“Meeting the two SAF Grand Challenge goals of 3 billion gallons of SAF per year by 2030 and 35 billion gallons of SAF per year by 2050 will require sets of activities that differ in focus to impact the two different periods,” observes the report.
“Given the limited time – less than eight years – to meet the 2030 goal, and considering the time required for SAF production infrastructure to be built, the path to meeting the 2030 goals requires an immediate focus on commercially-ready conversion technologies and feedstocks. Lipid-based pathways (fats, oils and greases) are expected to be the primary fuel pathway leading up to 2030, with a smaller contribution from waste, forest and agricultural residue, and alcohol pathways.
“The path to meet the goals beyond 2030 to 2050 requires a continuing focus on supporting ongoing innovation, including research, development and demonstration (RD&D) of new feedstock and conversion technologies with potential for exponential growth in production capacity, greater emissions reductions, and reductions in cost of production and carbon intensity after 2030. Technologies in this portfolio are expected to result in a dramatic buildout and expansion of alcohol, waste-based, lignocellulosic, and waste and captured carbon gas pathways.”
The report says that in 2021, the US produced about 5 million gallons of SAF, and highlights the extraordinary growth and work needed to meet the steep targets of the SAF Grand Challenge.
“Going from 5 million to 3 billion gallons per year by 2030 is a 600-fold increase that requires a 122% year-over-year growth in production to 2030,” it calculates. “It is critical this growth starts immediately. Robust federal support for commercially-proven technology pathways is necessary to achieve this growth. The US airline industry has committed to work with the federal government and other stakeholders to make 3 billion gallons per year of cost-effective SAF available to US aircraft operators in 2030.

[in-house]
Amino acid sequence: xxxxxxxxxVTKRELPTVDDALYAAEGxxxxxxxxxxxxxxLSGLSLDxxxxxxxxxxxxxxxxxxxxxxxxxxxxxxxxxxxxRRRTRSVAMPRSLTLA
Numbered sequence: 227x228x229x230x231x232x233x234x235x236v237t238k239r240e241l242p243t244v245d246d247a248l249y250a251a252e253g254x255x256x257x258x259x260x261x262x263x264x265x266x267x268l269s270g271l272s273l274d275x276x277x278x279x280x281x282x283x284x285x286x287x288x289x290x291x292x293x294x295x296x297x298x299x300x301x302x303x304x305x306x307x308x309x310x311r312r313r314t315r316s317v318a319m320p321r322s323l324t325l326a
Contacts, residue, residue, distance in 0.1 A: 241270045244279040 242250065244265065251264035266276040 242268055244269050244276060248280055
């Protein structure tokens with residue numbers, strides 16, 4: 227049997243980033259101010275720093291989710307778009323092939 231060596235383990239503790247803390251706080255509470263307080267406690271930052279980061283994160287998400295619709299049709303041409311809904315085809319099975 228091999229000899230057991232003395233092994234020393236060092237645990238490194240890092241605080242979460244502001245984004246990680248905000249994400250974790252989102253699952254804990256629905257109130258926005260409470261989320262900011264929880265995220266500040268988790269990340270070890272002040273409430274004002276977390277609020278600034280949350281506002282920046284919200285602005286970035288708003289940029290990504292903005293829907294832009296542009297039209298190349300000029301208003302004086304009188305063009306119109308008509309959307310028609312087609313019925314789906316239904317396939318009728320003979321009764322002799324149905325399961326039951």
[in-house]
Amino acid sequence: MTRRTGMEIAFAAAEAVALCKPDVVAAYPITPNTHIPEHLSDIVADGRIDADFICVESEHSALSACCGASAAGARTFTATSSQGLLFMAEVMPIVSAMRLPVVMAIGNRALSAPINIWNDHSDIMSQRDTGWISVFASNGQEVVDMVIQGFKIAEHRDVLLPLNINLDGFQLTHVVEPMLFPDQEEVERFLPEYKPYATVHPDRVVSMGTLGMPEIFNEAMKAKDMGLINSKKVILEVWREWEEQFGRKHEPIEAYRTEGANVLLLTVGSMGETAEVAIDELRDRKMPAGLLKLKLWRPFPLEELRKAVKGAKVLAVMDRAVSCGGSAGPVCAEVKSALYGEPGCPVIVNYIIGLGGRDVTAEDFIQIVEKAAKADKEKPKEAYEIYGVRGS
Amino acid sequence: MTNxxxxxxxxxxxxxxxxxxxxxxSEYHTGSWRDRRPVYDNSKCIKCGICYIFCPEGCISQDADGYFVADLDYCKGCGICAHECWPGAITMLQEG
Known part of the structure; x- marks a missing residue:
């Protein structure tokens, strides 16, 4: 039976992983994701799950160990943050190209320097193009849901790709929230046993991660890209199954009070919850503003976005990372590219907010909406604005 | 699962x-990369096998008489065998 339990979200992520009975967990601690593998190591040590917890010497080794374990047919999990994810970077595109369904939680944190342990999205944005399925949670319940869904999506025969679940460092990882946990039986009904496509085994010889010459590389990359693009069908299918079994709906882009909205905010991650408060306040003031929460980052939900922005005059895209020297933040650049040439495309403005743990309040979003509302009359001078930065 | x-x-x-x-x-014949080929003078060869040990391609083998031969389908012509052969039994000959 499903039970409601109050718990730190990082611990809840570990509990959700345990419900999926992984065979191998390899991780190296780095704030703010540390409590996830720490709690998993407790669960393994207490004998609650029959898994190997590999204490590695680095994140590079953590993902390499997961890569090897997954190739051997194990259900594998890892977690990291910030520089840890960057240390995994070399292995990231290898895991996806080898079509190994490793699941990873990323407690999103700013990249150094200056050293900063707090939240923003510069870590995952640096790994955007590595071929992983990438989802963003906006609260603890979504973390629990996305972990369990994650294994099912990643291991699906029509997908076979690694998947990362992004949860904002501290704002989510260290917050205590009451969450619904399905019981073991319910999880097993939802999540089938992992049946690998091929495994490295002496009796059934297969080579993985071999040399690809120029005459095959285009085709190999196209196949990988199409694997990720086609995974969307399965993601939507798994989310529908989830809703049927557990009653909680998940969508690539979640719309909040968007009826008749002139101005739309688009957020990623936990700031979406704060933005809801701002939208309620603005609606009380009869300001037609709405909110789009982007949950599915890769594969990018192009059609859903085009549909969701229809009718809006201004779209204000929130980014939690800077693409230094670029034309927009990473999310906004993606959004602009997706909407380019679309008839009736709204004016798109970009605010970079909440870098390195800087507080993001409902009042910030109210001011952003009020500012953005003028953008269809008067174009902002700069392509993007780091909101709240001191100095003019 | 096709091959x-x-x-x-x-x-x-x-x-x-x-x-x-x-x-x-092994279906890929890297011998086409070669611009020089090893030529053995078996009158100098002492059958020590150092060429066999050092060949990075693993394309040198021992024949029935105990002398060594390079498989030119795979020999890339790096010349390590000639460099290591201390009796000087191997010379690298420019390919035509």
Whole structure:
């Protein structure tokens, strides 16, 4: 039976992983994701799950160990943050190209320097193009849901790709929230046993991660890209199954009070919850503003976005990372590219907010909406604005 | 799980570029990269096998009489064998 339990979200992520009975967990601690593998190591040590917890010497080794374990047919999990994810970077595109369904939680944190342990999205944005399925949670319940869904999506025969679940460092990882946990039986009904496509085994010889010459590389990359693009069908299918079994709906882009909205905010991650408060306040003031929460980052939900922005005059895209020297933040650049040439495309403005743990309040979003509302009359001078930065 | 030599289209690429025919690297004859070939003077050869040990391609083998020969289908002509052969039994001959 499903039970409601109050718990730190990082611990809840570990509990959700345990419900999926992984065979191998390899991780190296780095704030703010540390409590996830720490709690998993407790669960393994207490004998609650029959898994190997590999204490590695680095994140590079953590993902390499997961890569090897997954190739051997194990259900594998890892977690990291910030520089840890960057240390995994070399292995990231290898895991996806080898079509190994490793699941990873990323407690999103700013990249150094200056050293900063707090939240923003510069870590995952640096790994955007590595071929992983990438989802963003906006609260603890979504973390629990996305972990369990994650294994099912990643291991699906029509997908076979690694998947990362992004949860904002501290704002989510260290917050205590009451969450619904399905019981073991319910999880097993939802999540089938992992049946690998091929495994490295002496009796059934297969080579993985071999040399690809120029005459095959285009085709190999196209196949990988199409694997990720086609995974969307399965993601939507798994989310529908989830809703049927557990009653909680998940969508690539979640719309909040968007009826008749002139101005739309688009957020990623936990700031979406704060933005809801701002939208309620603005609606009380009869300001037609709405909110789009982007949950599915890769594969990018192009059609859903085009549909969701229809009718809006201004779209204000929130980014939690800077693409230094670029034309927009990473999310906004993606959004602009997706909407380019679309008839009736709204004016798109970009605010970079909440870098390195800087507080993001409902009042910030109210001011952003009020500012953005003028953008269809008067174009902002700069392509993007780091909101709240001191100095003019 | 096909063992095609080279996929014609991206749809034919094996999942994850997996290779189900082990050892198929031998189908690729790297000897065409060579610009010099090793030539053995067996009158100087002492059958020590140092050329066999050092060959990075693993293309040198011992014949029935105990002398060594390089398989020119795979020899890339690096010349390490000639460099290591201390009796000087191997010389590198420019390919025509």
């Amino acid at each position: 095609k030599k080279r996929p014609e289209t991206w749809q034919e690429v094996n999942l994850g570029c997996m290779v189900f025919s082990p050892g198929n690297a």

“At the same time and in parallel, the foundation must be set to achieve the longer-term 2050 goal. More than 400 biorefineries and 1 billion tons of biomass and/or gaseous carbon oxide feedstock will be needed to produce 35 billion gallons per year by 2050.”
The roadmap emphasises that no other low-or-no emission energy source can currently, or in the immediate future, match the energy density of SAF. “To understand the energy needs of aviation, it helps to consider that at take-off, the jet engines of a Boeing 777 widebody jet are generating power levels comparable to a small nuclear reactor, around 130 MW. Energy sources other than liquid hydrocarbon jet fuels, such as battery technologies and hydrogen, will thus be limited in the near and medium term to small aircraft flying short ranges, and are not expected to contribute to substantially reducing aviation emissions until after 2050.
“This makes widescale production and use of SAF the highest impact near-term strategy for significantly reducing aviation emissions and achieving the nation’s net zero emissions goals for aviation by 2050.”
Commenting on the release of the roadmap, US Secretary of Transportation Pete Buttigieg said: “Transportation contributes more carbon emissions than any other sector, which means it must also be a central part of the solution to climate change, and that certainly includes aviation. We look forward to working with our partners in the public and private sectors on the Sustainable Aviation Fuel Grand Challenge, which will lead to cleaner skies, continued economic growth and good-paying jobs.”
The SAF roadmap is expected to be updated at least every two years to assess and redirect activities as necessary to reflect changes in technology, markets and political factors.
Photo: United Airlines